This case involved charges against the Master of a foreign fishing vessel under the Coastal Waters Protection Act. After several trial adjournments, the Provincial Court refused an adjournment based upon the alleged poor health of the accused in part because the medical report in support of the application was "scant at best" and given the numerous prior adjournments and the passing of time it was in the public interest to have the trial proceed. Since appeals of interlocutory orders are not normally allowed in criminal proceedings, the accused brought an application for prohibition and certiorari in aid, which was denied by the Trial Division court. Upon further appeal, with one judge dissenting, the Appeal Division court upheld the Trial Division judgement and refused the application for review. The reasons for doing so included: (1) the fact that this was a regulatory offence rather than a criminal offence where the consequences of a conviction for the accused were not as far reaching; (2) since the fishing vessel was continuing to fish in the area, there would presumably be other crew members available who could testify; and (3) "undoubtedly there are various data recordings (notably GPS) that modern vessels maintain" (para. 17).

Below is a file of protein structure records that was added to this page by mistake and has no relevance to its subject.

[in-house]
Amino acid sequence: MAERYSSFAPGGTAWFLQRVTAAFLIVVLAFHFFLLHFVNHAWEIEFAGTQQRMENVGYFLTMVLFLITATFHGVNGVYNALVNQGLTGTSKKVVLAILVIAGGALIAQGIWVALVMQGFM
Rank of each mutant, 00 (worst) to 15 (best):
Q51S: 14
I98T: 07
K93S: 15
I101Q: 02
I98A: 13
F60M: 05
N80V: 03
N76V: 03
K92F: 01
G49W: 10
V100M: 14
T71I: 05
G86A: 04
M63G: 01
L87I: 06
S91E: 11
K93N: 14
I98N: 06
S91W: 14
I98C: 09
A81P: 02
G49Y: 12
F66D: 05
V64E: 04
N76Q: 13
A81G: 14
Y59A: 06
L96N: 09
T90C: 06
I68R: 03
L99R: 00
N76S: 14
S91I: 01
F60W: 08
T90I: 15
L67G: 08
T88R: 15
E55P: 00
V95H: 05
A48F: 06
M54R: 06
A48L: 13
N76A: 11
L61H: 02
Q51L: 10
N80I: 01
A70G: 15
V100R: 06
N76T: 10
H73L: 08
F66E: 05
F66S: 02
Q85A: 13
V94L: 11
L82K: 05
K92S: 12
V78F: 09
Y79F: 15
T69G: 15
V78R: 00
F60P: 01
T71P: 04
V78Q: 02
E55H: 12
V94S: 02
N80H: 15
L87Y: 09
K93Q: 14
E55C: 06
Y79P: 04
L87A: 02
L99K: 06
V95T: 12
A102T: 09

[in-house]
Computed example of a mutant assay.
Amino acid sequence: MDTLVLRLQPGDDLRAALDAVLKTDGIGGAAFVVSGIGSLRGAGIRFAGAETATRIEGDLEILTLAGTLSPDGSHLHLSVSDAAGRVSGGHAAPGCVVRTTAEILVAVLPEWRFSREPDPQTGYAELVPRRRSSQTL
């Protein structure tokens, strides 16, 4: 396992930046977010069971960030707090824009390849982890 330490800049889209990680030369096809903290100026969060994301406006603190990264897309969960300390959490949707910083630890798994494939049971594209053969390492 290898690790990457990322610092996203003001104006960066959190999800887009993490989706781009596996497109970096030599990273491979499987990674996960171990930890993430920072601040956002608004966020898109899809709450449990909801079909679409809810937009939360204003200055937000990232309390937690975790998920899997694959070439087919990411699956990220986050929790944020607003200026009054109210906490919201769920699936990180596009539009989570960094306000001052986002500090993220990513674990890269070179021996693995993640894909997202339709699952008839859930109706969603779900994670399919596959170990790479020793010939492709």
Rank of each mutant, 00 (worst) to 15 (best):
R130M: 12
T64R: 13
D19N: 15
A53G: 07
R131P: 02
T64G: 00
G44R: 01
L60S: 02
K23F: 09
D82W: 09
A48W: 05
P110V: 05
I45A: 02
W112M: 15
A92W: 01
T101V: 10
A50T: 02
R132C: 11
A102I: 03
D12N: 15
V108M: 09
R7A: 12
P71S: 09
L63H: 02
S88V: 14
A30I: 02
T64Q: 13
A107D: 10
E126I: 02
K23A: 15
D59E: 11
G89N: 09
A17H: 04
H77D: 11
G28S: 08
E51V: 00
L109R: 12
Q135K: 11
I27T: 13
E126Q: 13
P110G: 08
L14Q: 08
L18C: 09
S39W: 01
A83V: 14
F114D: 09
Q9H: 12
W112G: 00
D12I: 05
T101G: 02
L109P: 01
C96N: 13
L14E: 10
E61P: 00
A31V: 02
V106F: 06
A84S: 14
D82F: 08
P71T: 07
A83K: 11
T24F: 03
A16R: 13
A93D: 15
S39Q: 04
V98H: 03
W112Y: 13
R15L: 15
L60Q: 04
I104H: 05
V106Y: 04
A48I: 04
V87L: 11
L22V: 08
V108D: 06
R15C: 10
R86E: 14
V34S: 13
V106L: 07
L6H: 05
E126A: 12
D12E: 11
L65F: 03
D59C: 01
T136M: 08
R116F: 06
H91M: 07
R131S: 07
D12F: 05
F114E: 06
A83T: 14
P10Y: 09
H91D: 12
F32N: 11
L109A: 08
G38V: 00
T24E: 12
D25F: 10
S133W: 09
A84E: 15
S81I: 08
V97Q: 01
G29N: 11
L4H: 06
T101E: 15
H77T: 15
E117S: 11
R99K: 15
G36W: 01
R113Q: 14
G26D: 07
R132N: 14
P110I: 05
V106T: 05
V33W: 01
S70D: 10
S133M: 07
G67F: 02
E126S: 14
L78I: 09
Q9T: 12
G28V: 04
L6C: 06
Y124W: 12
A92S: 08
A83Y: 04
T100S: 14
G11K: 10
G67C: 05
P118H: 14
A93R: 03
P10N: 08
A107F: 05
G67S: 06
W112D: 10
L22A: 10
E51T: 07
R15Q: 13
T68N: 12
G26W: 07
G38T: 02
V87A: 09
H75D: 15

The dissenting judge disagreed that regulatory offences should be treated differently and suggested that if Parliament intended such proceedings to proceed in rem (against the ship itself), it would have provided for such a proceeding within the legislation. (para. 41).